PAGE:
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Timothy B. Lee

Timothy B. Lee

Timothy B. Lee covers technology policy, including copyright and patent law, telecom regulation, privacy, and free speech. He also writes about the economics of technology. He has previously written for Ars Technica and Forbes. You can follow him on Twitter or send him email.

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Brian Fung

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Andrea Peterson

Andrea Peterson covers technology policy for The Washington Post, with an emphasis on cybersecurity, consumer privacy, transparency, surveillance and open government. She also delves into the societal impacts of technology access and how innovation is intertwined with cultural development.

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Posted at 01:02 PM ET, 02/20/2013

Cybersecurity measures expected Wednesday #thecircuit

Cybersecurity measures expected Wednesday: The Obama administration is expected to announce new cybersecurity measures Wednesday, the Associated Press reported, following a report from security firm Mandiant that links the Chinese army to cyber attacks, including those on the U.S. government and U.S. companies.

As The Washington Post reported, the Chinese government has refuted the report.

The AP report indicates that the White House measures may include fines and other trade actions against China, citing sources “familiar with the administration’s plans” who were not authorized to speak about the measure publicly.

Google warns against account hijacking: Google issued a warning to its Gmail users about account hijacking, a practice in which spammers break into someone’s account and use its contacts list to send malicious files to a wide swath of people.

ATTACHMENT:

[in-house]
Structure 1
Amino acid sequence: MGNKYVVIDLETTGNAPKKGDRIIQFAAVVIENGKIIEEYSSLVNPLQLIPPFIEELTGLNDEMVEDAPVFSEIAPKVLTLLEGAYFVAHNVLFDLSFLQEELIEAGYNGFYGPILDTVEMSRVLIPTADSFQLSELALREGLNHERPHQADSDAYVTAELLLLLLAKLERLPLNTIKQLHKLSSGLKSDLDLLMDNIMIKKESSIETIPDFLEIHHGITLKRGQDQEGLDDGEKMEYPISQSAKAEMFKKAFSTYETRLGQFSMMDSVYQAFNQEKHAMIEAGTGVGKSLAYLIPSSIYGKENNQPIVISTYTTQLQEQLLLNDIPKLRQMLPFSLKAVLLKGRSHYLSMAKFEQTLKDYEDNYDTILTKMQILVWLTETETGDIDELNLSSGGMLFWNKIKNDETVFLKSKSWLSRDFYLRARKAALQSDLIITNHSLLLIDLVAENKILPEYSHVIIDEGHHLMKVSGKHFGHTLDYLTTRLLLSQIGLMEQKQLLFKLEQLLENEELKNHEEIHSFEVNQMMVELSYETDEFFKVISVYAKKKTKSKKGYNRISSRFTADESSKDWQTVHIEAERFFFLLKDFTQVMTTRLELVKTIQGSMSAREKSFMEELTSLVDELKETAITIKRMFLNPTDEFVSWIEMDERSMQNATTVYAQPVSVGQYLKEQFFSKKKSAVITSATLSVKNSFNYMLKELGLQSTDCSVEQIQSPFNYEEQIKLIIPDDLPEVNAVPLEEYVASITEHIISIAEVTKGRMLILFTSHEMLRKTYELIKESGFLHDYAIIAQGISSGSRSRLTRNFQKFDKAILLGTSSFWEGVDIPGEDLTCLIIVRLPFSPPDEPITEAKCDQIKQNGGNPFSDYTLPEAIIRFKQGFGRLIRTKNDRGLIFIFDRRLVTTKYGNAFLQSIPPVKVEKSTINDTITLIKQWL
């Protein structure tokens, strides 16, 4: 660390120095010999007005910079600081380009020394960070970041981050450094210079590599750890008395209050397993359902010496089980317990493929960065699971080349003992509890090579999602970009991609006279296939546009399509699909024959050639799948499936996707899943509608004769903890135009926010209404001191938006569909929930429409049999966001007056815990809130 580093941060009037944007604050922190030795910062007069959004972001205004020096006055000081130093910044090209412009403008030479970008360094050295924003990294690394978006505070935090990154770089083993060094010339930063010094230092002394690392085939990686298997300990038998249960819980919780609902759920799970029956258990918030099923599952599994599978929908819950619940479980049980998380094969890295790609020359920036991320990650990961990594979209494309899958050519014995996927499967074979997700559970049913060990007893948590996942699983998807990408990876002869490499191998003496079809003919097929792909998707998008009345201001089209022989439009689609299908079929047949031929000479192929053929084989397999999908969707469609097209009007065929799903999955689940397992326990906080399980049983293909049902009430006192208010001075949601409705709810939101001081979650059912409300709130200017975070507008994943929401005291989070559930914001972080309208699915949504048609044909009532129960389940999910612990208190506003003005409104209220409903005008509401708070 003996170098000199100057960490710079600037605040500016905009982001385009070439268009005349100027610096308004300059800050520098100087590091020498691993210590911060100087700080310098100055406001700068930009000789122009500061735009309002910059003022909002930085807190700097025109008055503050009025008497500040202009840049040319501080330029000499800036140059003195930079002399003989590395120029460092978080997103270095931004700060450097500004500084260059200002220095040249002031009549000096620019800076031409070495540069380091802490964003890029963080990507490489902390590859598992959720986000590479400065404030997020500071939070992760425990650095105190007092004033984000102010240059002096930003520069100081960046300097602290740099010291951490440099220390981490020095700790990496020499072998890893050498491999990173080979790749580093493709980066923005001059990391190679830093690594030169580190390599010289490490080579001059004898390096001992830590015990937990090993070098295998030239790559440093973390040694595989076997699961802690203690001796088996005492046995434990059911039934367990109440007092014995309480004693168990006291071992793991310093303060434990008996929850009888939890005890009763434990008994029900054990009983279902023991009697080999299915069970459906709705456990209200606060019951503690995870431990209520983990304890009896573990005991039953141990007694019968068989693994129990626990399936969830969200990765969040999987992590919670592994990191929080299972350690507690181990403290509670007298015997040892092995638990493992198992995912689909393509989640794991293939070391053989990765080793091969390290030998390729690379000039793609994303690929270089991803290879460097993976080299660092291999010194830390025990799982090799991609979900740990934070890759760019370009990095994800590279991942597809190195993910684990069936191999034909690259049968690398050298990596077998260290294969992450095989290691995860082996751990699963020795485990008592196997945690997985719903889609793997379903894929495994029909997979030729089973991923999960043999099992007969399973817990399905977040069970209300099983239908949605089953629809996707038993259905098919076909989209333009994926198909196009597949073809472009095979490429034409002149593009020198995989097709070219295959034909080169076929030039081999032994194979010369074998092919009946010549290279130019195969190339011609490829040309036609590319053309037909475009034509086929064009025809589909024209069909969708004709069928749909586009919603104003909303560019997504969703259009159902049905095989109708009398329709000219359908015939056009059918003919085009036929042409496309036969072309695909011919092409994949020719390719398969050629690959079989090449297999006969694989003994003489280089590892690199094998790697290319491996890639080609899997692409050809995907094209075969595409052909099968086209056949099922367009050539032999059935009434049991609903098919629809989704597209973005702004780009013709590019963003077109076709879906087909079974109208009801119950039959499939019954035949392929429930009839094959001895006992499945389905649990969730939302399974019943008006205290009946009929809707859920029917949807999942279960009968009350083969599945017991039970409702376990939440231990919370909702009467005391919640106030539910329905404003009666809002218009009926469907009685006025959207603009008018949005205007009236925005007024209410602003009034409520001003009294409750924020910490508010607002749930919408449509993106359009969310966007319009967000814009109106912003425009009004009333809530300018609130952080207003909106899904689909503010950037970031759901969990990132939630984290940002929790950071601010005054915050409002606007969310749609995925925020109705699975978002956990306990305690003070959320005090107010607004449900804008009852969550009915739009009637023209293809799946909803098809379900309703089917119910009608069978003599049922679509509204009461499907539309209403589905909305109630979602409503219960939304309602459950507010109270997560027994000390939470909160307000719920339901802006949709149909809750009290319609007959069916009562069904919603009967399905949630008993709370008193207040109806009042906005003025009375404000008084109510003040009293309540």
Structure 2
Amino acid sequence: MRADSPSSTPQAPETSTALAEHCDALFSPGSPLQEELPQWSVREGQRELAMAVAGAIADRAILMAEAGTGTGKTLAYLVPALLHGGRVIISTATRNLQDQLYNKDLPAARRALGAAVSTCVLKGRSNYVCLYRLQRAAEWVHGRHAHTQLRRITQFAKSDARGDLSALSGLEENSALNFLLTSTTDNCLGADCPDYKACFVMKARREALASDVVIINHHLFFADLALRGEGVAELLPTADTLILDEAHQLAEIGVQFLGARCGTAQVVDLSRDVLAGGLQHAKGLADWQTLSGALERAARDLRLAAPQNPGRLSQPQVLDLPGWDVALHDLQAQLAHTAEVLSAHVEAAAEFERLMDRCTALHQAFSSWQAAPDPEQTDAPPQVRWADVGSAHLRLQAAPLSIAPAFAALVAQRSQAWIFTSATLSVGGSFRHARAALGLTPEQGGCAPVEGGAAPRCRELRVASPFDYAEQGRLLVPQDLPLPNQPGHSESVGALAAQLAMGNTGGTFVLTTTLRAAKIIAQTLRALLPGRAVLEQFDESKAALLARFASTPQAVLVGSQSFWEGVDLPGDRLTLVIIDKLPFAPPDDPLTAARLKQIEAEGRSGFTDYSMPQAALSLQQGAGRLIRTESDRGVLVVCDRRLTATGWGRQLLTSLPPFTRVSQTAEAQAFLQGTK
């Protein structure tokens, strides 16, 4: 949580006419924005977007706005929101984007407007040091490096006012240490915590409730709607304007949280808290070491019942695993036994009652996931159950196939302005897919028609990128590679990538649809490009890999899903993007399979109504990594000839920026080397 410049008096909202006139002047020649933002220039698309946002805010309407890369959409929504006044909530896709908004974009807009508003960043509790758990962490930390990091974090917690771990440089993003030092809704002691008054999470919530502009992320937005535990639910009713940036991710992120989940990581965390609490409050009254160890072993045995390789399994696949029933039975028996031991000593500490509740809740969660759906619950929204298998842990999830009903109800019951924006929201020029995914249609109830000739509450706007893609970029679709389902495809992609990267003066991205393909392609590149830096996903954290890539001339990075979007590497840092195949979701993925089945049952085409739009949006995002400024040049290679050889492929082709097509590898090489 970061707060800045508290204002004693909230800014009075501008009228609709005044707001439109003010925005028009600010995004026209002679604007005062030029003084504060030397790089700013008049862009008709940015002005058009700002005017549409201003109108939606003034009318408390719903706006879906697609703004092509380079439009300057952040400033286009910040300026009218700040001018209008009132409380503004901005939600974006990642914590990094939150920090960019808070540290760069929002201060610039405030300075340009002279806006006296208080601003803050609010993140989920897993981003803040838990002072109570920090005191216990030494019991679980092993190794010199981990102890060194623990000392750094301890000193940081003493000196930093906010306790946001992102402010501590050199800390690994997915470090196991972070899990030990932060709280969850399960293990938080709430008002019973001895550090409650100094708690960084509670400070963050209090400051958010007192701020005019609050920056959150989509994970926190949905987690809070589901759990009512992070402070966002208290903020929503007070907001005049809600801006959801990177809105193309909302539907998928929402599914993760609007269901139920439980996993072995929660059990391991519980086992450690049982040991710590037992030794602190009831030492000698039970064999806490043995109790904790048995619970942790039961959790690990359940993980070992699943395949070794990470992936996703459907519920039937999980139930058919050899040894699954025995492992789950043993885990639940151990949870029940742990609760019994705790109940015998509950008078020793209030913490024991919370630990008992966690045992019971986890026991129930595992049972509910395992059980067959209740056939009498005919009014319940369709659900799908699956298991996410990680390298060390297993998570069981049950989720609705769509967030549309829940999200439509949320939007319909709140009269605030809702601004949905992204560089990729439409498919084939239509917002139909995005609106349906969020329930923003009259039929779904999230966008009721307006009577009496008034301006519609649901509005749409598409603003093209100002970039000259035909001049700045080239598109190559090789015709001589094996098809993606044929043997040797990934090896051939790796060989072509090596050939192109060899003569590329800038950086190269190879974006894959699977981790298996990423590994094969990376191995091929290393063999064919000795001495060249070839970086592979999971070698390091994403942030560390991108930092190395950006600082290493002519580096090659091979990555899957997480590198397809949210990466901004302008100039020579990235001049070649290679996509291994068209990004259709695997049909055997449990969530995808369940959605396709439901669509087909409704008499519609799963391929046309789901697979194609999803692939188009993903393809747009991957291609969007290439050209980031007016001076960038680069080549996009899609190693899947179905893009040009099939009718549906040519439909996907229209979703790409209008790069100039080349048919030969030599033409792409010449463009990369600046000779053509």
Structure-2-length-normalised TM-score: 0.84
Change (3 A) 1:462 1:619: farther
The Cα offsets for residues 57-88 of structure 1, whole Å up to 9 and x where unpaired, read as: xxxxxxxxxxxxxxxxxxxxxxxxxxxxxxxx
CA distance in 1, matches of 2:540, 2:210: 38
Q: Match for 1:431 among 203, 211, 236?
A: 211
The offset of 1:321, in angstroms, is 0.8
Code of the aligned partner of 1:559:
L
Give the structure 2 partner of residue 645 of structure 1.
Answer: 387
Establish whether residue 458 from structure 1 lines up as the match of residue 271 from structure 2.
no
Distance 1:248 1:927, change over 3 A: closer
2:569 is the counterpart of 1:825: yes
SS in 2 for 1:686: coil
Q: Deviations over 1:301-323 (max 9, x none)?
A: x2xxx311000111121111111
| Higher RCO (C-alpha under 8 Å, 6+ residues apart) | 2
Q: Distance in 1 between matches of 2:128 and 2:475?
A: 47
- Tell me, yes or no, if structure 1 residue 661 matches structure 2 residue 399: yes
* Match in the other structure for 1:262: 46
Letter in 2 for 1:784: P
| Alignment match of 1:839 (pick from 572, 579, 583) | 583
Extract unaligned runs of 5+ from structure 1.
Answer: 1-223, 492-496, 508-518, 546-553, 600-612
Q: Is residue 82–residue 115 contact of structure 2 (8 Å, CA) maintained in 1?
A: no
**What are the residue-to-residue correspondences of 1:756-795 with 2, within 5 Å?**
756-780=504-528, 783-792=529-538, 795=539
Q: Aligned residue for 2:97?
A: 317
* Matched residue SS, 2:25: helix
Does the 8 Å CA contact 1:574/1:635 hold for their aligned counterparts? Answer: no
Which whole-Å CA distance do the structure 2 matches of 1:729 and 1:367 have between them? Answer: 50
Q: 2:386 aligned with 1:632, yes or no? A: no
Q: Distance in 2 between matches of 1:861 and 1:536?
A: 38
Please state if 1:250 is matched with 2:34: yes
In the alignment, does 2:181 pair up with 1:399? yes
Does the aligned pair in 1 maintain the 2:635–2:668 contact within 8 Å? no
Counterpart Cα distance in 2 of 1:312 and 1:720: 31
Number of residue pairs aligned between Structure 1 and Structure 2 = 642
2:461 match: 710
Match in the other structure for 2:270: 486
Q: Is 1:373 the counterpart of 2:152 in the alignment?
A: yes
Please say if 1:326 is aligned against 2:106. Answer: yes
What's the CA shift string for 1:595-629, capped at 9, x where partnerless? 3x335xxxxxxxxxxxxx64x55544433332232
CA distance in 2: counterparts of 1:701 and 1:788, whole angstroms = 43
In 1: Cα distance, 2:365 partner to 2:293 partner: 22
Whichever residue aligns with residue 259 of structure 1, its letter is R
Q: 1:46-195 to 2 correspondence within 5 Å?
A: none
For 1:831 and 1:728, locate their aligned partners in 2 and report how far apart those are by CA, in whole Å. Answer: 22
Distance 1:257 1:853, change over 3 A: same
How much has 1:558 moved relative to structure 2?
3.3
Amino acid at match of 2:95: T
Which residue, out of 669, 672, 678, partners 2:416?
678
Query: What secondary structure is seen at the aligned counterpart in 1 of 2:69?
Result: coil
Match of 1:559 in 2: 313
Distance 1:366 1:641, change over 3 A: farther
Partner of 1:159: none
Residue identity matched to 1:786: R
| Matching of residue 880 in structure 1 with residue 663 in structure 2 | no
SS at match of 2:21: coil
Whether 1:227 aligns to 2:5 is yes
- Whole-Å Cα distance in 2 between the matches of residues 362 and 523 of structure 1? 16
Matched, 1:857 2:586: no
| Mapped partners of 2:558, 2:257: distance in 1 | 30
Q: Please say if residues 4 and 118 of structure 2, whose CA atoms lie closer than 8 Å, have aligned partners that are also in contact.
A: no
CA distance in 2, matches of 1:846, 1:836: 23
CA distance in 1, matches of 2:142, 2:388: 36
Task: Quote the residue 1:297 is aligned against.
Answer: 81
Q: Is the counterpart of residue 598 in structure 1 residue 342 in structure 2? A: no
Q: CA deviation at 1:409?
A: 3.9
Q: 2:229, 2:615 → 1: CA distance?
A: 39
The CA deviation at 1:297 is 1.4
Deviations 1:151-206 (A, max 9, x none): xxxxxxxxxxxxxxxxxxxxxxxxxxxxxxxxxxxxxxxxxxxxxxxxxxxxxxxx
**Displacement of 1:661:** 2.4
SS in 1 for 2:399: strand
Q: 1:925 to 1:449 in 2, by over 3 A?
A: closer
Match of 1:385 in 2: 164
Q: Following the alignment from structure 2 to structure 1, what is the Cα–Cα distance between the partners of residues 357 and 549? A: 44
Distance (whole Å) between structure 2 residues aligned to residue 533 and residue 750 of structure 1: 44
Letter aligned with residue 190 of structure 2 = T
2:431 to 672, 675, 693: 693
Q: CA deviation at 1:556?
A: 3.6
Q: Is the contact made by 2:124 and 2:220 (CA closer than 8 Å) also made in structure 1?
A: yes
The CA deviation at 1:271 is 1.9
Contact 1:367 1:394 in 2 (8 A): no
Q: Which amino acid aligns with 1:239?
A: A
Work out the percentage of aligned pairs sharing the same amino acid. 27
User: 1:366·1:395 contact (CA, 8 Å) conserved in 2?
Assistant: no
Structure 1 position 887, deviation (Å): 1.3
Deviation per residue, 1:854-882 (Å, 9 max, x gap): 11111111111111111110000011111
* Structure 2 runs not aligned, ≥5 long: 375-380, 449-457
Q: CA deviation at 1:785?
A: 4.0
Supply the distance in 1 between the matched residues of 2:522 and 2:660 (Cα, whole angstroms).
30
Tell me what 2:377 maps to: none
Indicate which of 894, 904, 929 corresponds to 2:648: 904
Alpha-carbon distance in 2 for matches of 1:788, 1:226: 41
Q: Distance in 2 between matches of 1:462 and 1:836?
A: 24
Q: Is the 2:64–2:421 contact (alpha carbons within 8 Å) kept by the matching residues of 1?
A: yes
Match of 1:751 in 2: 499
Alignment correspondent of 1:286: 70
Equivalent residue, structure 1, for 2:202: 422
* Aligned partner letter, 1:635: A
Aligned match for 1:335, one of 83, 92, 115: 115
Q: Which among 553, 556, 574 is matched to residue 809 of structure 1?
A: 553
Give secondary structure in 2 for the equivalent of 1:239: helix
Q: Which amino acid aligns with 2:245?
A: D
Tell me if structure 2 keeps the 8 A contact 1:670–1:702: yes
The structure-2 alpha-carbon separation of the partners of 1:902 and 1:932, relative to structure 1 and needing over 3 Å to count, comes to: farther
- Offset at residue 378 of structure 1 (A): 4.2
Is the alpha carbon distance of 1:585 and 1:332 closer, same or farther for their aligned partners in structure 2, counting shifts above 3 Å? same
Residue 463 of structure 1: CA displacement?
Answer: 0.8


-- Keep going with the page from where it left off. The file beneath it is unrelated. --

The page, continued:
Google said that it saw a “large increase” in fraudulent mail in 2010, and also outlined its measures to combat the problem. The company recommended that users make strong passwords, do not reuse the same password for several sites and use options such as two-factor authentication for their accounts.

Apple releases code for Java malware: Apple released a patch to deal with malware stemming from a Web browser plug-in for Oracle’s Java program Tuesday, following a rare disclosure from the company that some of its computers had been compromised.

The company said earlier Tuesday that a small number of its computers at Apple and other companies had been compromised, and that the attacks were similar to those carried out against Facebook last month.

Apple, Motorola: Apple’s ongoing patent battles with makers of Android phones continues: the International Trade Commission said Tuesday that it will review ITC judge Thomas Pender’s ruling that a Motorola Mobility patent is invalid, and will make a decision on April 22, Bloomberg reported. The patent deals with technology for a smartphone sensor that prevents callers from accidentally hanging up when holding a phone to their faces.

The ITC has the power to block imports of phones if they find evidence of infringement.

Meanwhile, Apple’s market share battle continues with some good news for the company. According to new data from Strategy Analytics, iPhone 4S and iPhone 5 models outsold the Samsung Galaxy S III in the fourth quarter of 2012.

By  |  01:02 PM ET, 02/20/2013

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